While most gamers keep talking up the prospects of real life visuals in the next batch of consoles, respected games publisher and developer of many great titles including Splinter Cell and Assassin’s Creed, has said the next major leap in gaming will be better AI in games, and not the so-hyped “visuals” debate.
That’s what Ubisoft’s executive director of production services at the firm’s Montreal studio, Yves Jacquier, told GI.biz recently, saying the success of Wii proves visuals are not that important.
“AI has always been the real battleground,” he said. “The challenge is that, if you see an AI coming, you’ve failed. And that’s a problem we have to overcome as we create the impression of flawless, seamless worlds.
“In general the industry expects that graphics will not be a strong feature any more… Obviously, graphics are better for marketing purposes because you can show things. AI you can’t show. Our challenge with the PlayStation 3 and Xbox  is that we’re extremely limited in what we can do. It’s a challenge for the engineers to provide nice graphics and nice AI and nice sound with a very small amount of memory and computation time.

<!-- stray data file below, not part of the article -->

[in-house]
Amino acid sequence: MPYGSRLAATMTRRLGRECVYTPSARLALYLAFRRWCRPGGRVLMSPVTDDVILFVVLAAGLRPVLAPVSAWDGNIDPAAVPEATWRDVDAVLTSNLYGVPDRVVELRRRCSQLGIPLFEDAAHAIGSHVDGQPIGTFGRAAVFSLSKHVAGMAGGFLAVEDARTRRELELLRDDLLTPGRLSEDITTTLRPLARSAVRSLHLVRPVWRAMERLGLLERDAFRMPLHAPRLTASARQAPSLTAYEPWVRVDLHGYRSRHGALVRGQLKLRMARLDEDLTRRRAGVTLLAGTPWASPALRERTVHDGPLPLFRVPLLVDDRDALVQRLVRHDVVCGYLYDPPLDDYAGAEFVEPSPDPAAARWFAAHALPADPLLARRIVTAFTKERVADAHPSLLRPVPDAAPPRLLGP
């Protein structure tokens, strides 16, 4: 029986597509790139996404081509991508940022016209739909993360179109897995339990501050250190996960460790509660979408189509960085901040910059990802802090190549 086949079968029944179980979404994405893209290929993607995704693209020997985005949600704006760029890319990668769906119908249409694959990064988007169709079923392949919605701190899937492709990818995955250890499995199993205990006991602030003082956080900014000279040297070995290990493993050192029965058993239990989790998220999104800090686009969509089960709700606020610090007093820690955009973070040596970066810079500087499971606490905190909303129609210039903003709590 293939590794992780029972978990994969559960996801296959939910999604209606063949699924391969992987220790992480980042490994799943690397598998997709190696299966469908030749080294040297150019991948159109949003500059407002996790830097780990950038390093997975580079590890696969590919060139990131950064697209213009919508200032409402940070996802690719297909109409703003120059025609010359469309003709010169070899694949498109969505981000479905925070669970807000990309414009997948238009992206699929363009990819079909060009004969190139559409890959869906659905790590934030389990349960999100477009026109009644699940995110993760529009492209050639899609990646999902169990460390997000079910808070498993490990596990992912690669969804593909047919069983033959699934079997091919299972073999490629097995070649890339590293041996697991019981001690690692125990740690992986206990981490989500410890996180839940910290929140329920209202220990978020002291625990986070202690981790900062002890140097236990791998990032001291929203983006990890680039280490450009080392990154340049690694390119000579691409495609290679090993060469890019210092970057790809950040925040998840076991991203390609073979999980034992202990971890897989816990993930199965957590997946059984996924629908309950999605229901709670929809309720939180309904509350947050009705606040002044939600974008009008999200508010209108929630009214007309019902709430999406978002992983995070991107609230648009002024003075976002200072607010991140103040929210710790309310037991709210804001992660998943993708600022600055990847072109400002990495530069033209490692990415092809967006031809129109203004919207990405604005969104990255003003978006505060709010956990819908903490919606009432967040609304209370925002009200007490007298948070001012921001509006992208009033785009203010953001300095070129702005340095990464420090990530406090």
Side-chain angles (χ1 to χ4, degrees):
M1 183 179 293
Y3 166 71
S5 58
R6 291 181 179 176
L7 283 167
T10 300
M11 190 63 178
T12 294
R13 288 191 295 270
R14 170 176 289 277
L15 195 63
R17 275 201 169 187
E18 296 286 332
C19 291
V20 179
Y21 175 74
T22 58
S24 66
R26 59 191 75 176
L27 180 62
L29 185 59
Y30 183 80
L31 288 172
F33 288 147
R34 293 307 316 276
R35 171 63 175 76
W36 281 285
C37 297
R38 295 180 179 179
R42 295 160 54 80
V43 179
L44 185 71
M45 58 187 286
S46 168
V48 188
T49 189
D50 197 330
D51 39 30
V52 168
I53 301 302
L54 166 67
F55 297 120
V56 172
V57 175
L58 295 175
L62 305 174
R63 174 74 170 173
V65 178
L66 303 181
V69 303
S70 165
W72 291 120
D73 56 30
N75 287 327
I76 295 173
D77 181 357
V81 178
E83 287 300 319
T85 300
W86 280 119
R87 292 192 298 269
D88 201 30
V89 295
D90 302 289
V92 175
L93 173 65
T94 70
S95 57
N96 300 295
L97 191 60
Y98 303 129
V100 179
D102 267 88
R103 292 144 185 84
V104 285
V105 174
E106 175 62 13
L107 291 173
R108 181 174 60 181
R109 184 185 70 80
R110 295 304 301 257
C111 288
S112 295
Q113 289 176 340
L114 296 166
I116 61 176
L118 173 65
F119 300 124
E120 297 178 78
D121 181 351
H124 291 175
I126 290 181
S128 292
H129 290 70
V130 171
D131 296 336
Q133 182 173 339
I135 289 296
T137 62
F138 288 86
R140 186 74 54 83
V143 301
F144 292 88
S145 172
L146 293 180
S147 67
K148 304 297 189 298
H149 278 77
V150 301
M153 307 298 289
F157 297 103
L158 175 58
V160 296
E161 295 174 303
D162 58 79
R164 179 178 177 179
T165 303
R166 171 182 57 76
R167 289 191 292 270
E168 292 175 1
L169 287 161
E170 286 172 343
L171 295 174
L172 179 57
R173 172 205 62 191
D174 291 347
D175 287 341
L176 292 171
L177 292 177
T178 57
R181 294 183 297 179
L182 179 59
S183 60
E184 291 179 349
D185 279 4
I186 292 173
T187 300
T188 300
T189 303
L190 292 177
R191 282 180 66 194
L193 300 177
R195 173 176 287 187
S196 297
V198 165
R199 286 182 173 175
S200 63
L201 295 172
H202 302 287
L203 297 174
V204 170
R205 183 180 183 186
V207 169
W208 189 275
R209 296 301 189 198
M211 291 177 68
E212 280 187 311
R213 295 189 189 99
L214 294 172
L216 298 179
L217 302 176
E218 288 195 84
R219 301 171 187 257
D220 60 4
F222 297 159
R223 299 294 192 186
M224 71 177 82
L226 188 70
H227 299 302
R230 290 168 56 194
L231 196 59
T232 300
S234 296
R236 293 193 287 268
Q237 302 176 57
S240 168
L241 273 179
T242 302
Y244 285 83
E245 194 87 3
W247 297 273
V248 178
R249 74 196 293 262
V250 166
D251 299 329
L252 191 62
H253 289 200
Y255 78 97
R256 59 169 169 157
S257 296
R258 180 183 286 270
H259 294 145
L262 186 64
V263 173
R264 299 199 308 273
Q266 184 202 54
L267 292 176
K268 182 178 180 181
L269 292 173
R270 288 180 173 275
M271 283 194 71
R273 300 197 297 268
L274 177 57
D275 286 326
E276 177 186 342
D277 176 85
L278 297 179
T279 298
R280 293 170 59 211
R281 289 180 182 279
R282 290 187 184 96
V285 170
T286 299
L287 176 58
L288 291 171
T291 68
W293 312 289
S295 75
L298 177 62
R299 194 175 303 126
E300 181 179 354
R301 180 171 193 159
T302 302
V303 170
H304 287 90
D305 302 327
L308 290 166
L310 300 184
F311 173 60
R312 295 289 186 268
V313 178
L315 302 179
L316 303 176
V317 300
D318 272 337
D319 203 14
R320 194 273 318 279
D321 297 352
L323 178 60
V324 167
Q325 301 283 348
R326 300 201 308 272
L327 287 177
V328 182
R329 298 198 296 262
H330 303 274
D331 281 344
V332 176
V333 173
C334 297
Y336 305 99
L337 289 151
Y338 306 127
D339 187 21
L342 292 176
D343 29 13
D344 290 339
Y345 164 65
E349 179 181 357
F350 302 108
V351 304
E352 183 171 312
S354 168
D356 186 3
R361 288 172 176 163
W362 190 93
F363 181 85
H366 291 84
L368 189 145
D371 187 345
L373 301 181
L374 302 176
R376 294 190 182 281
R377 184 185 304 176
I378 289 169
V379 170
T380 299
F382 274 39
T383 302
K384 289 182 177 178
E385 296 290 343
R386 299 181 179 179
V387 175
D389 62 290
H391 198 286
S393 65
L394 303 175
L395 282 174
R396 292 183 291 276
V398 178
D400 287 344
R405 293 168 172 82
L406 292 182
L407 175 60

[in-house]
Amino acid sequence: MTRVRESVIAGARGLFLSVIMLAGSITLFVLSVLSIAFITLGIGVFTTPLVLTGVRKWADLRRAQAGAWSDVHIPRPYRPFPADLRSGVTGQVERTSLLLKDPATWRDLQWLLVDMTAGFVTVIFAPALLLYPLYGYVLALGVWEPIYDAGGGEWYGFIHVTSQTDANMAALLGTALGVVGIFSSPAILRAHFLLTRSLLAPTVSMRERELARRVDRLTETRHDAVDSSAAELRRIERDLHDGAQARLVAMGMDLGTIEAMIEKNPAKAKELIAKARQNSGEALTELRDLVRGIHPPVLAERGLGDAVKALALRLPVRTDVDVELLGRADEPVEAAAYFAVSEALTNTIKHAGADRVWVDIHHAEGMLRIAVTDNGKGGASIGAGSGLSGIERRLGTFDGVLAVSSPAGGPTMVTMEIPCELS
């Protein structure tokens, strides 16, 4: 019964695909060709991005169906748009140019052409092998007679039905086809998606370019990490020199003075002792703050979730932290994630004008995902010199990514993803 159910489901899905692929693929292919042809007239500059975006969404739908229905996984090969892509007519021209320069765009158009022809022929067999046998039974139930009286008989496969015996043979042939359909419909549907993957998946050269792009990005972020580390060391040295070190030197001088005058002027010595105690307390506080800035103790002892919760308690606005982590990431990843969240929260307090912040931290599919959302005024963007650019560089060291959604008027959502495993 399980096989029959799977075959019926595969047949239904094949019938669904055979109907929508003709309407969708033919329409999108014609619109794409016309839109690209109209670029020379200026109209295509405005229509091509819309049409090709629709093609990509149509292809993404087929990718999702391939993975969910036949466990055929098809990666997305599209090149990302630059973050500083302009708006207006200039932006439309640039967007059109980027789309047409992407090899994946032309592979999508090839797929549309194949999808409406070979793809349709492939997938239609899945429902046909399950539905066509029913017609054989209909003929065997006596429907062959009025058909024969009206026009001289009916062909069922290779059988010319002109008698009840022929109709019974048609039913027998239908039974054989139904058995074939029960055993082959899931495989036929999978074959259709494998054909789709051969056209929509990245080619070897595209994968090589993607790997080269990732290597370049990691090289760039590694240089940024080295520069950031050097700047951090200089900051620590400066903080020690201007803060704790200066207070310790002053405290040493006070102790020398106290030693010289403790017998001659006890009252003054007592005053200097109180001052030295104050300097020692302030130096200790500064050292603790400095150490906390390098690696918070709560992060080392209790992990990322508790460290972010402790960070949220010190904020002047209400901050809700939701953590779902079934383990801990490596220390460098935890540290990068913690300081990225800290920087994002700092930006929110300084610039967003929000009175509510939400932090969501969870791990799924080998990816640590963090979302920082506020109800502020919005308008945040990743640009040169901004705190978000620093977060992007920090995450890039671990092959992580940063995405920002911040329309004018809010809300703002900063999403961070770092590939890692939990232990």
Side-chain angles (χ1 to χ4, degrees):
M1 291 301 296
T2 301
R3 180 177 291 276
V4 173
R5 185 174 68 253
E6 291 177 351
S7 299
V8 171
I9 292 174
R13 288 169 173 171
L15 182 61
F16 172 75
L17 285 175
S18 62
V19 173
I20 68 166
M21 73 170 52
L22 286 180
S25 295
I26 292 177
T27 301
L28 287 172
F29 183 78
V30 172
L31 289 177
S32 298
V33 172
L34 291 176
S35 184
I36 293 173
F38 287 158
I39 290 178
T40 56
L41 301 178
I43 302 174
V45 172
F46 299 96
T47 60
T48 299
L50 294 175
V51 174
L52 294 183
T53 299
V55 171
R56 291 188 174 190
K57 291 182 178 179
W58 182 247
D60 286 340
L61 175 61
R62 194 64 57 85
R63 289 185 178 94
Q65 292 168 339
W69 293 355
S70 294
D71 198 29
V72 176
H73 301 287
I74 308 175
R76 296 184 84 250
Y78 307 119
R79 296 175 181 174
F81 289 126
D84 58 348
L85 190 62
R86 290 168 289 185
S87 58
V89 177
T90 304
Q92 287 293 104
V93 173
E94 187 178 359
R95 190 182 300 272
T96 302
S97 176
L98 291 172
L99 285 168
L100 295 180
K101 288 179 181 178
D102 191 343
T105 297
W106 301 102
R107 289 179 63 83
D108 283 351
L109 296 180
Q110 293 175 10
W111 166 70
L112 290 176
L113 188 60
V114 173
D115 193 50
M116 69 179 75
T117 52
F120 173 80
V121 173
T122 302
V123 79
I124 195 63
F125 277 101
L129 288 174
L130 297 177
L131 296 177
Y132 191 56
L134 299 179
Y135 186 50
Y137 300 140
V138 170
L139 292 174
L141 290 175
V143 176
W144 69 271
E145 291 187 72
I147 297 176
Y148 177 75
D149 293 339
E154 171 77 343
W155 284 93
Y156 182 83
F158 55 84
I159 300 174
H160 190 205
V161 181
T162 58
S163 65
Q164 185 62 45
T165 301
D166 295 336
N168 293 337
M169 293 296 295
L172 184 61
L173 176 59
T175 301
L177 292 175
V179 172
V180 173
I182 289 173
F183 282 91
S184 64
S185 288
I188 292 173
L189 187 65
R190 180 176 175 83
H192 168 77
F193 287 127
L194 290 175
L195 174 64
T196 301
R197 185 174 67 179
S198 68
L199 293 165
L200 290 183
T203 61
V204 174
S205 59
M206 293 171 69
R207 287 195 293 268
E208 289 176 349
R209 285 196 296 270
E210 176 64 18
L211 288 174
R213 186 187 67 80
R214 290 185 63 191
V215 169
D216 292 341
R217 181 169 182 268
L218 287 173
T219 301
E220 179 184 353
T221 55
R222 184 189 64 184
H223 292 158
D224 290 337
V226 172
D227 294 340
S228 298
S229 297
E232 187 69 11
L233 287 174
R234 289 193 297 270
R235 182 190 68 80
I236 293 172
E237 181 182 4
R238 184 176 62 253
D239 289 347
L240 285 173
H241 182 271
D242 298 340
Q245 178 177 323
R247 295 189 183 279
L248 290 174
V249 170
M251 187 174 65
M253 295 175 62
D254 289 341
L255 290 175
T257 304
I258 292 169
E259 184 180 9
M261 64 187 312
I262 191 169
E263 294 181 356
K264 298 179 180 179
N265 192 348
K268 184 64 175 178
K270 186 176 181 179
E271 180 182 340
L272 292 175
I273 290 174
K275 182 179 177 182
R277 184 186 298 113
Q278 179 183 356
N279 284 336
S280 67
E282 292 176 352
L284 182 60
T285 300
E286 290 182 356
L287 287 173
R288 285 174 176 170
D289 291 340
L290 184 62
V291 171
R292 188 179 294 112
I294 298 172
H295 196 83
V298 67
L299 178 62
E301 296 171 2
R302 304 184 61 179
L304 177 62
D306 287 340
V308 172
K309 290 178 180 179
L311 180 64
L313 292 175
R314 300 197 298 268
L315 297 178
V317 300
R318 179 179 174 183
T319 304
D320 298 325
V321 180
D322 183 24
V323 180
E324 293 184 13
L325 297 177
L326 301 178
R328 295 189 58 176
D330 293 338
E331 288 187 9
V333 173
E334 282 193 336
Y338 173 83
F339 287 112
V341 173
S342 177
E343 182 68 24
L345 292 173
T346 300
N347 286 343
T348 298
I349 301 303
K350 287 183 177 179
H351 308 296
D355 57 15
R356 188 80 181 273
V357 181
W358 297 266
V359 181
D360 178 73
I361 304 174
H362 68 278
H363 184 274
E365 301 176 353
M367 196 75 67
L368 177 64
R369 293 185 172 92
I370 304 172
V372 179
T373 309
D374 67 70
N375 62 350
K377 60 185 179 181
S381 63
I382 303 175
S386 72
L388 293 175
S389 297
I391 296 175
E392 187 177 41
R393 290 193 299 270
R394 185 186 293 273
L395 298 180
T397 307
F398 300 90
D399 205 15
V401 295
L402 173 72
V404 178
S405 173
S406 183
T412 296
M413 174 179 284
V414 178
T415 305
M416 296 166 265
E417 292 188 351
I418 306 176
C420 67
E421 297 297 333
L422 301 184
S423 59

We think that the next generation of consoles won’t have these limits any more. Games might have more realistic graphics and more on-screen, but what’s the value of making something more realistic and better animated if you have poor AI?”
The executive has been working with students at Montreal University, using Ubisoft’s recent pledge of $200,000 a year for the next five years, to help students come up with “other ways of thinking” about game development.